Are Fitness Trackers Accurate?
What did the 2017 study conducted by Stanford University reveal about activity trackers? - find out below.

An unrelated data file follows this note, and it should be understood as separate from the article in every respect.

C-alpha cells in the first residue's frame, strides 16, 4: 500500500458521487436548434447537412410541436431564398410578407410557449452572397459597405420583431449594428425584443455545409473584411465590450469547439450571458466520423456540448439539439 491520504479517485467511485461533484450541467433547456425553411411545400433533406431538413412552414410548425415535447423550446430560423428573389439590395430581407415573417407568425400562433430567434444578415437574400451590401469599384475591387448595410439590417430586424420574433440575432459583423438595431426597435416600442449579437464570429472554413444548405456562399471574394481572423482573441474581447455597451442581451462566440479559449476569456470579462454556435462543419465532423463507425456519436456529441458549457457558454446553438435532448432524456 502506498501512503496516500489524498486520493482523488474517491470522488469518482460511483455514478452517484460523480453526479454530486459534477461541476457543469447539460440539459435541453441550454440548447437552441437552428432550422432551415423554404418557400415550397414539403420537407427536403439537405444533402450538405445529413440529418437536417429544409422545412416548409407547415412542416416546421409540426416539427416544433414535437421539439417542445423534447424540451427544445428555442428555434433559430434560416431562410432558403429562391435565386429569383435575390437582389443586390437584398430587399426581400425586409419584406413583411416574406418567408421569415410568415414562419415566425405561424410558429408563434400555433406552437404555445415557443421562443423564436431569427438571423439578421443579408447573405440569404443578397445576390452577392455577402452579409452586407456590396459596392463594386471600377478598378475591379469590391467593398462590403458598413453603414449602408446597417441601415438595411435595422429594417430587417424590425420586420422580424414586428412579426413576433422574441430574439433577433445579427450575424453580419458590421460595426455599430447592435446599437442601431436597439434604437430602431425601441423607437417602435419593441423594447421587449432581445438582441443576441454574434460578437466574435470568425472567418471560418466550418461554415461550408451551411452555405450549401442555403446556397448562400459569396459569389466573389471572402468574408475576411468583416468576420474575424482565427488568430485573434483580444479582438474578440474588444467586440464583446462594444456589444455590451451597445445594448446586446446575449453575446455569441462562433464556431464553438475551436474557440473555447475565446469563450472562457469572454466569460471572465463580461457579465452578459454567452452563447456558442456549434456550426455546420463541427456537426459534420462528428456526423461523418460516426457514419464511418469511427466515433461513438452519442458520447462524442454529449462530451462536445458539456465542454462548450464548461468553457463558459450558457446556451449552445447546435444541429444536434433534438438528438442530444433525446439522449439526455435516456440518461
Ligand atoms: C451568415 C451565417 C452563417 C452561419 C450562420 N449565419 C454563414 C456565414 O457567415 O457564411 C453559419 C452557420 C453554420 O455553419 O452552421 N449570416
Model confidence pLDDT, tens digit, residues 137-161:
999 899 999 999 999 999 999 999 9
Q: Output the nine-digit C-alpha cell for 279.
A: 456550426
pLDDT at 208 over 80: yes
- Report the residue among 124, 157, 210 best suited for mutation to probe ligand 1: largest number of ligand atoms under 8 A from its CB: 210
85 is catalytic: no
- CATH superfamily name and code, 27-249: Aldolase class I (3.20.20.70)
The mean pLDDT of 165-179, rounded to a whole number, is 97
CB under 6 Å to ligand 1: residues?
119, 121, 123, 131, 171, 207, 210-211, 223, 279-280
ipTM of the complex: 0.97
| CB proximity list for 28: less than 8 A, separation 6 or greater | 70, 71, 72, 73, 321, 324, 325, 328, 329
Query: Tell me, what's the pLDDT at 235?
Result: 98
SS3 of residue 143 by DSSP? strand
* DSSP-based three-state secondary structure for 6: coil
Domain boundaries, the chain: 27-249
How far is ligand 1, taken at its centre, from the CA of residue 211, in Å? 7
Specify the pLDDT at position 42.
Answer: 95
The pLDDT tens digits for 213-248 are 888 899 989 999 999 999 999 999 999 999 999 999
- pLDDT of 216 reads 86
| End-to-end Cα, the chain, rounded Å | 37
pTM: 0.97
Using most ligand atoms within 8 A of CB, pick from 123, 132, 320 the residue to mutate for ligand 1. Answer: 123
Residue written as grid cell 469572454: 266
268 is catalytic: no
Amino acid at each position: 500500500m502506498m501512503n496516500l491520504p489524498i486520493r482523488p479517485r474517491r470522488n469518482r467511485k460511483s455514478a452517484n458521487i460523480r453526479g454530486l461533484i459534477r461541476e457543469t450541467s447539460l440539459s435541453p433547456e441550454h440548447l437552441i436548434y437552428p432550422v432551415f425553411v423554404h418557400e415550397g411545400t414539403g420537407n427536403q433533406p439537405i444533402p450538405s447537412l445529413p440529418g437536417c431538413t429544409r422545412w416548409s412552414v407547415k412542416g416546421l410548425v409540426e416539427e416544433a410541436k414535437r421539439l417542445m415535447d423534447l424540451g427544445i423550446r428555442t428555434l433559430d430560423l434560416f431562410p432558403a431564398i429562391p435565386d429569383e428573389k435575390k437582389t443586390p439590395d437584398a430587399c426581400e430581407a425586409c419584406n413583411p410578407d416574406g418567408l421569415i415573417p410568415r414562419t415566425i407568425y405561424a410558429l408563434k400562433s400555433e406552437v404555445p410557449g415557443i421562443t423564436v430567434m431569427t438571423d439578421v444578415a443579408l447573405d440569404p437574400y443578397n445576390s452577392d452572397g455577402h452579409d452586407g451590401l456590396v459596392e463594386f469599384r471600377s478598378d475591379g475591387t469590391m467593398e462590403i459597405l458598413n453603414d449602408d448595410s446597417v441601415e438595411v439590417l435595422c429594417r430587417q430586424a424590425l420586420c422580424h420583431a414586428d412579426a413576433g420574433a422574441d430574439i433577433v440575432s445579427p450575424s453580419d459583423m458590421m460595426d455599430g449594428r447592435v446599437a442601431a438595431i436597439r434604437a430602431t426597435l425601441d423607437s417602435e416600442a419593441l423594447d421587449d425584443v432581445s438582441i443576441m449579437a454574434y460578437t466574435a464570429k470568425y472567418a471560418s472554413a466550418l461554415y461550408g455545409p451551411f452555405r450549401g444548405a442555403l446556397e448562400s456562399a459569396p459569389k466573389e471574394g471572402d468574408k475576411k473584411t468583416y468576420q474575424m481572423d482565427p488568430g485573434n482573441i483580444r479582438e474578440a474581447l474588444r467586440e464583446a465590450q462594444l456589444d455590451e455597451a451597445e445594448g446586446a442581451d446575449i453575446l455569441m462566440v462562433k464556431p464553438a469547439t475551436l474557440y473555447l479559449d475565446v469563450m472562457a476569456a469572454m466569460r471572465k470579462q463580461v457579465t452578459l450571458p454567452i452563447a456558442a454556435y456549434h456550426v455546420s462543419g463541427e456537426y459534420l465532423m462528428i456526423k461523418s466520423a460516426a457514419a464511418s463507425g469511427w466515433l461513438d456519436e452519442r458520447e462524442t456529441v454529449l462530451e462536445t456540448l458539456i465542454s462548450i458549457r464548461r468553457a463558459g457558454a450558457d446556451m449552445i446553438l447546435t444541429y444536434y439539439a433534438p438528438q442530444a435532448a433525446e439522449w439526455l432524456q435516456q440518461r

In an age where wearable technology is becoming increasingly popular, it’s arguably easier than ever to keep track of your fitness progress. Thanks to their ease of use and ability to help guide you on the right path when it comes to staying in shape, it’s easy to see why fitness trackers are so popular. Yet, even wearables from some of the biggest brands on the market including Garmin and Fitbit are often scrutinised, with many people left wondering if their fitness tracker is measuring their energy output, calories burned, and heart rate accurately. So, are fitness trackers all they’re cracked up to be? Or, are they just another trend that will soon die out? Find out in the following article. What does the science say? A 2017 study conducted by Stanford University examined seven different wristband activity monitors including the Fitbit Surge, Apple Watch, and Samsung Gear S2, with evidence pointing towards the accuracy of the devices in terms of heart rate measuring (within 5 percent for six of the devices). But, when it came to measuring energy expenditure, they struggled to paint an accurate picture. The findings of the study concluded that even the most accurate was out by a staggering 27%. So, this all but confirms that consumers often don’t get reliable data from their fitness trackers. So, is it really worth investing in one? In the next section, we’ll answer that very question. Is it worth buying a fitness tracker? Considering that fitness trackers seem to be all the rage these days, it’s clear that they won’t be disappearing any time soon. An increasing number of people are choosing to make fitness a part of their lives, whether it’s for health reasons or aesthetic purposes. Whatever the case, using a fitness tracker is a great way to track your progress. Evidence suggests that fitness trackers aren’t as reliable as they ought to be. But, the data provided by them certainly gives consumers an incentive to continually push themselves to get more steps in and keep an eye on their heart rate throughout the day. So, it would be inappropriate to brush them off altogether. Conclusion Even if fitness trackers give an inaccurate overview of your daily number of steps, there’s certainly no denying that they are an incredibly useful tool when it comes to encouraging people to exercise more. So, in that regard, they are most definitely beneficial for consumers who are simply looking to get in shape and get more steps in each day. However, the accuracy of many fitness trackers is certainly questionable, particularly on some of the cheaper products on the market. So, if accuracy is something that’s particularly important to you, it might be worth investing in a fitness tracker which has a solid heart rate monitor and GPS. But, even then, you won’t be able to enjoy complete accuracy when compared to medical-grade equipment. With that being said, the fact that fitness trackers seem to be encouraging people to exercise more can only be a good thing.